WEST ASHLEY, SC (WCSC) - Charleston city council meeting Tuesday evening not only saw a different venue, it also heard concerns about something that wasn't on the agenda.
Instead of being held at city hall, in downtown Charleston, council met at Charles Towne Landing in West Ashley.
Council meets at different spots four times a year to take them into the other districts in the city.
Plus, dozens of people spoke, during the public portion, on their concerns about the future of the site where Piggly Wiggly used to be, near the Northbridge.
"Find a use for that property that will further our goals," former councilmember Paul Tinkler said.
Tinkler, and more than 100 others, filled Founders Hall, hoping to make a difference.
They spoke not against a gas station; but rather, against what it could bring to an area they feel has promise.
"It should have greenspace, it should have walking paths," one West Ashley resident said.
They spoke about their concerns with the roads surrounding the lot, where Sam Rittenberg Blvd meets Old Towne Road.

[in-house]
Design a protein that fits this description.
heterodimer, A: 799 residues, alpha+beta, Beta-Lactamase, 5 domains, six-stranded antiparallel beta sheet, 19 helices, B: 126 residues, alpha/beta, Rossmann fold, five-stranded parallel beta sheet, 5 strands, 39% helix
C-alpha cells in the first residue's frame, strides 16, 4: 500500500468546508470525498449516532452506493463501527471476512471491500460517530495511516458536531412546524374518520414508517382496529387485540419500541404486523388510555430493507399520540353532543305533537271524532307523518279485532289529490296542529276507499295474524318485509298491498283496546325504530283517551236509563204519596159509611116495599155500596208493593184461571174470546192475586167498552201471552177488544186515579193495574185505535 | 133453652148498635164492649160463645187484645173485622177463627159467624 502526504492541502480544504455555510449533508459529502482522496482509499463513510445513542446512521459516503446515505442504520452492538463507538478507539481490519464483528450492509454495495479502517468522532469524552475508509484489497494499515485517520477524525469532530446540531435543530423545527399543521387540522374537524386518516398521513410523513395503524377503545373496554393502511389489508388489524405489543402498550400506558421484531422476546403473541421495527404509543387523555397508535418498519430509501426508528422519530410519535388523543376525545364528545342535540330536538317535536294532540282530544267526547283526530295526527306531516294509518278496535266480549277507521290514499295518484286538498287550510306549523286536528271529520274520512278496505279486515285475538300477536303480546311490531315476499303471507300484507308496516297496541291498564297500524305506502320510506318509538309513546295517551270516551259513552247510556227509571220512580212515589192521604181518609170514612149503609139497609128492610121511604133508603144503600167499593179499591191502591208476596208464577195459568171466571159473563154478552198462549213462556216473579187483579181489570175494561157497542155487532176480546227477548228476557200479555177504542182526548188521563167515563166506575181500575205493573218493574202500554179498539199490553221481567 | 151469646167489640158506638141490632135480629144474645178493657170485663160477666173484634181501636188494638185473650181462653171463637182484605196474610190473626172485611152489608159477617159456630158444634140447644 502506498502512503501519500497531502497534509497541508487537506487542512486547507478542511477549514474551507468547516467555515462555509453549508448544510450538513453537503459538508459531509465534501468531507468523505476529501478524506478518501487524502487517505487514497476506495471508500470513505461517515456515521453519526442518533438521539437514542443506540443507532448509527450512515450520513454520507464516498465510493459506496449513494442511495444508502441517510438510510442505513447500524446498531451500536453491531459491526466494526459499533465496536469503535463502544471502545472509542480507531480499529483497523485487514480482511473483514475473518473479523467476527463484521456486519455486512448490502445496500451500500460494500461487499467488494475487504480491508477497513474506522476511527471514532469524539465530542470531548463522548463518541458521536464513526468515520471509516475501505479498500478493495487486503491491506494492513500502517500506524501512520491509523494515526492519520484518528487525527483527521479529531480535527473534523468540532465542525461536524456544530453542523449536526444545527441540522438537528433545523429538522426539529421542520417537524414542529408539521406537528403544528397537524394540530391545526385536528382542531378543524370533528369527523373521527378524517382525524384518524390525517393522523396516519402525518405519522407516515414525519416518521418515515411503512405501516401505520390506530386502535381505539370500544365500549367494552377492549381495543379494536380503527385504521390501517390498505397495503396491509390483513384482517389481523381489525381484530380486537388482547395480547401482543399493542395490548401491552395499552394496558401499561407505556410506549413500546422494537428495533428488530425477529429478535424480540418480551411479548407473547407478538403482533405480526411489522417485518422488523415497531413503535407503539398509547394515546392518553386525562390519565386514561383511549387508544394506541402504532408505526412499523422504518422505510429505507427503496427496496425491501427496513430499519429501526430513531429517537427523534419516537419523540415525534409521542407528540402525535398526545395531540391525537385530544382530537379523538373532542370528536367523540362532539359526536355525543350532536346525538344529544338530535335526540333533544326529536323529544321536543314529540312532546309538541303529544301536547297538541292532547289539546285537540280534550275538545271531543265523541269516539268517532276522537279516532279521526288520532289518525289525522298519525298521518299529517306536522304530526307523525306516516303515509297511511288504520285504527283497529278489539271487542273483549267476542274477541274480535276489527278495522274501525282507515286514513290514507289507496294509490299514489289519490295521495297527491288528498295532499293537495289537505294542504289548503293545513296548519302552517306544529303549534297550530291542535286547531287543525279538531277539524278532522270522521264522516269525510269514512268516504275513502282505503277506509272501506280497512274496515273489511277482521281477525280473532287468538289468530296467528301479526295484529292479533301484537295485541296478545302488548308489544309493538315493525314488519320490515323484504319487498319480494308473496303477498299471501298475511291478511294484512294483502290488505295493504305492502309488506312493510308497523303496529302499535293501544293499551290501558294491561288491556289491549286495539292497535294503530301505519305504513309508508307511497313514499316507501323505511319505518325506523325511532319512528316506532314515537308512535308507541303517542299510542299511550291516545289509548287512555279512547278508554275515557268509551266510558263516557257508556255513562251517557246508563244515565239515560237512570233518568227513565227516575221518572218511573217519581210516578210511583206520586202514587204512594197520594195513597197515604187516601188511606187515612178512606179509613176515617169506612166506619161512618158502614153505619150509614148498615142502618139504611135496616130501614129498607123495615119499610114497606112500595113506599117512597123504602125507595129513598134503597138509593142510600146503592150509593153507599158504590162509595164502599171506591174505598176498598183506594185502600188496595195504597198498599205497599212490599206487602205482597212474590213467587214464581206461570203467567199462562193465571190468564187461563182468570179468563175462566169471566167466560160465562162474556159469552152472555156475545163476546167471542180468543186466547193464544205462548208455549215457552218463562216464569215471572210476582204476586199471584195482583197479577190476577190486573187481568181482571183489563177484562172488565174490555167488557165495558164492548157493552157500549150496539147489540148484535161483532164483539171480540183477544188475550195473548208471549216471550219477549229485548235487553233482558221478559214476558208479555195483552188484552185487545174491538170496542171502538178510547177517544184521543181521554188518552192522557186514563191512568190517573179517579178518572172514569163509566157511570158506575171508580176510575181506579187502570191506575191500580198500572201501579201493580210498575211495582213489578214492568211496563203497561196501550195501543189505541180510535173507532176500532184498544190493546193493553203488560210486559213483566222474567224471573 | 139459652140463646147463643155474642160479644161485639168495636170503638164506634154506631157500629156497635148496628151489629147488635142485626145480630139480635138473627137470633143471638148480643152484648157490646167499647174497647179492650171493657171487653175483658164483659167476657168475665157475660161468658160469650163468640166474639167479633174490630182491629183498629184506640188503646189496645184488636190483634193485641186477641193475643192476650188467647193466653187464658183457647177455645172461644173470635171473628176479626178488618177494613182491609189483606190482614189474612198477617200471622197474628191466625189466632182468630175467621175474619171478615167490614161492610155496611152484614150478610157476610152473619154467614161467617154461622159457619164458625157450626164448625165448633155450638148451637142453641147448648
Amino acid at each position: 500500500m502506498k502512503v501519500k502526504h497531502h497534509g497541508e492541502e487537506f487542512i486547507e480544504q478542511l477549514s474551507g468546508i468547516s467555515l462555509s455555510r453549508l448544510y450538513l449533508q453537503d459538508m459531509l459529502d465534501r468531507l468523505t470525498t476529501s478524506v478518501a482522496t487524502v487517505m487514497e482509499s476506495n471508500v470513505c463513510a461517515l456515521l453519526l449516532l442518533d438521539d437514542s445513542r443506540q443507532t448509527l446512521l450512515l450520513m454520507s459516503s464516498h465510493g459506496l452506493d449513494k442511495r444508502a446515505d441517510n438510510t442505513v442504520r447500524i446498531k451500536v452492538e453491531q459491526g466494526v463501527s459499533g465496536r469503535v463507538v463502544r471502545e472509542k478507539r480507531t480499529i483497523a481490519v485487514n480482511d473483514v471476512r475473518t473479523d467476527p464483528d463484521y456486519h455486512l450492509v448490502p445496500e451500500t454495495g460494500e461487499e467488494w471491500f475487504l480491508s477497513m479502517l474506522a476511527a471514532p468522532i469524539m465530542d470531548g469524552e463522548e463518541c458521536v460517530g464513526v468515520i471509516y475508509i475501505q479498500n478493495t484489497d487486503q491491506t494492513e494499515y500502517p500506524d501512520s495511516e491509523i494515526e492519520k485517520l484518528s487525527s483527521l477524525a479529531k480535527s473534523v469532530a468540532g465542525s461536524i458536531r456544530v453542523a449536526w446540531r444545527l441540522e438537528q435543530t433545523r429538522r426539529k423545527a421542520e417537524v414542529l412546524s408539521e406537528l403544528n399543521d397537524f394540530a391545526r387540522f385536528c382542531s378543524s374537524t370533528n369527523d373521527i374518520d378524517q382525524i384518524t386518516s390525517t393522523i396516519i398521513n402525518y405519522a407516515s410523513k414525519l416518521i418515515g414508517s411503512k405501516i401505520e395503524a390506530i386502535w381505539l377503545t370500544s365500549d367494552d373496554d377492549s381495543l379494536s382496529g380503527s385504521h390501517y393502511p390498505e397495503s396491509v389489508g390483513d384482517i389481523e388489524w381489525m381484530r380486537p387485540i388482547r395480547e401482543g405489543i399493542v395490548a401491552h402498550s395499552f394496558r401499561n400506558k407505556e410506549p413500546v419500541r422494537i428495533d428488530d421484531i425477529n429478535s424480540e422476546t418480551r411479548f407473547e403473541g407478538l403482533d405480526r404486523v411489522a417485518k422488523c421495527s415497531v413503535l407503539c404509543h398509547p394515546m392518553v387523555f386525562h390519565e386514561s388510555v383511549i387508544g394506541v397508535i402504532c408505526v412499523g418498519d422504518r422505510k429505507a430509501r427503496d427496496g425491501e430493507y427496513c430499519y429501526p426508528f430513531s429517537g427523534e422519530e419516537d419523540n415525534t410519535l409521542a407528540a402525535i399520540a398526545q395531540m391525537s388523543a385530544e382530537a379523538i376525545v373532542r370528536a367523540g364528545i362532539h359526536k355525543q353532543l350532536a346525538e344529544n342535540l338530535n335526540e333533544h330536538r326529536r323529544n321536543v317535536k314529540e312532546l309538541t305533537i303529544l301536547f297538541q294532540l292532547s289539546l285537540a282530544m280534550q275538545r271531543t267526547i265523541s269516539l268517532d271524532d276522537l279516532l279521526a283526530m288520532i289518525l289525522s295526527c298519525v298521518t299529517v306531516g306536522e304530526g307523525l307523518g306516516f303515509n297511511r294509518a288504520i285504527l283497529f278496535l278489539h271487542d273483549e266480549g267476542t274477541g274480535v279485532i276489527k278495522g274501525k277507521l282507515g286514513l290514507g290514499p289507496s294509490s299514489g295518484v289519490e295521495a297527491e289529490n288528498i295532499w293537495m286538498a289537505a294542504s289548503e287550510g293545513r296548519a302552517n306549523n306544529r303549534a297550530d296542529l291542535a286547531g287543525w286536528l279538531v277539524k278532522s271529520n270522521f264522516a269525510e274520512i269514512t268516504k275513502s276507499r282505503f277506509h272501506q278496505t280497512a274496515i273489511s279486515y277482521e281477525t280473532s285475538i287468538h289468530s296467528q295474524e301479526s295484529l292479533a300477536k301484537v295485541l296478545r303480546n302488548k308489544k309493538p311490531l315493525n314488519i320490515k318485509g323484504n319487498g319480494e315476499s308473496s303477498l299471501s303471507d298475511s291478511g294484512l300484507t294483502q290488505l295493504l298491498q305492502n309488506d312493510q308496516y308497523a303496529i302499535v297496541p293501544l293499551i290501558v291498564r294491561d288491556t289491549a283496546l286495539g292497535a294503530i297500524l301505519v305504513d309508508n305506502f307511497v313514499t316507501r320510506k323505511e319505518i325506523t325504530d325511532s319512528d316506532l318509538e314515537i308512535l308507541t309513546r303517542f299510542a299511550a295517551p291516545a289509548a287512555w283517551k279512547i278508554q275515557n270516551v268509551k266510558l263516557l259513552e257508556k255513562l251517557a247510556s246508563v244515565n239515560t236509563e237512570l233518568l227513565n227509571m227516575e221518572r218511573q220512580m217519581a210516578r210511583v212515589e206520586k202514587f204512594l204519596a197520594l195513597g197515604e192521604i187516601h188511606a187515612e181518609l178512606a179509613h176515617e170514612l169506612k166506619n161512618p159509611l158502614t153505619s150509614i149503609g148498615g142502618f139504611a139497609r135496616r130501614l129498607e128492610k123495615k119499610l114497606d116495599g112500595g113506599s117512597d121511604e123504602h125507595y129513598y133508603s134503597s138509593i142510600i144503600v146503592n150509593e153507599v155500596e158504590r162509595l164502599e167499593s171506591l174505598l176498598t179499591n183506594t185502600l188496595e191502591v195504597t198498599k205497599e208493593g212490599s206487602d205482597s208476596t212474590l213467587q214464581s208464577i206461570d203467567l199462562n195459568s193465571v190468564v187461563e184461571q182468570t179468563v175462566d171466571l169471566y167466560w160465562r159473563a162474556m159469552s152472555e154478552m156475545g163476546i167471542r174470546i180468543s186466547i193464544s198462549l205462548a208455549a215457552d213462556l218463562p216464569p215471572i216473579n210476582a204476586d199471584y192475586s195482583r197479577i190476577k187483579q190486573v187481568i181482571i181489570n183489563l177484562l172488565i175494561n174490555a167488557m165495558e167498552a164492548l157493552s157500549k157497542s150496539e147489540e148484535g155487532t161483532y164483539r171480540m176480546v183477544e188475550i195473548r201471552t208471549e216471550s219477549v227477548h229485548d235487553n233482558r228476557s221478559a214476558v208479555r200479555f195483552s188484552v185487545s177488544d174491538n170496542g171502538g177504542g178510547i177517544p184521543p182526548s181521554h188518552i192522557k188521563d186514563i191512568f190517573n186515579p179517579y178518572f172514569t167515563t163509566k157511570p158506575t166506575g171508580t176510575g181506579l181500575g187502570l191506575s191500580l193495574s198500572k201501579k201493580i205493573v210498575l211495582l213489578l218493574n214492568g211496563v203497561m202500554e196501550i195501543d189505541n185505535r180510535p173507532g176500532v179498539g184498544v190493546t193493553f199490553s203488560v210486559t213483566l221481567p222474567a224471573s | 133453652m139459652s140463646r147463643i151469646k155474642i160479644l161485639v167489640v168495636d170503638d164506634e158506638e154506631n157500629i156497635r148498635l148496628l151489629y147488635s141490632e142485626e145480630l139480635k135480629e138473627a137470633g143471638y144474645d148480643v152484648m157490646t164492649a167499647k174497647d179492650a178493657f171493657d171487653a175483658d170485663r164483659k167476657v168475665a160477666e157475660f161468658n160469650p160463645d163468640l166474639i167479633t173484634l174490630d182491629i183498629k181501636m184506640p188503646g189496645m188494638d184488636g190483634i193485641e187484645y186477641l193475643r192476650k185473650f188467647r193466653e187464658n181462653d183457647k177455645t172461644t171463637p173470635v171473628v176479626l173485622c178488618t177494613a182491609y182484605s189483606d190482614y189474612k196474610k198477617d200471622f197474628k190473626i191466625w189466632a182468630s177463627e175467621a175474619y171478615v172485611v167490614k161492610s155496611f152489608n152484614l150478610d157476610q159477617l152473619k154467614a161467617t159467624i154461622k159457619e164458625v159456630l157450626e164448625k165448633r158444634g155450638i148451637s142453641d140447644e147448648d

"The fact that we have intersections that are called the suicide merge," West Ashley resident Lauren Hunt.
They asked council to consider putting in a roundabout in the area and begged them to keep the proposed Sunoco from being built.
"It seems like everyone knows that the gas station is not the right thing," Hunt said.
To many people's surprise, council agreed.
"I think we get the big picture," said Mayor John Tecklenburg.
One councilmember, in particular, had a little more passion.
"We're fighting downtown with the Sergeant Jasper, it's a gateway," councilmember Bill Moody said. "Look, Northbridge is a gateway to the whole city and we're going to put a gas station there. That's the best we can do?"
The site isn't in council member Moody's district, but he said he's fed up with how West Ashley gets treated.
"We just keep getting handed stuff and they say take it and shut up," Moody said. "And, I'm not going to be shutting up anymore. I'm ready to speak out."
Still, others at the meeting think it should be given a chance.
"I think it's very important that we encourage business to invest in our community because we have a lot of empty retail space," chair of Old Charles Towne District task force Sue Stevens said.
Meanwhile, Mayor Tecklenburg said the Charlotte-based company Faison Enterprises, that owns the property, has the right to build a gas station on the lot.
It abides by the zoning in the area.
Mayor Tecklenburg said, the city just hopes the company will listen to their concerns.
"We're working with the developer, the owner, to think of other uses that he might have at that property," Mayor Tecklenburg said.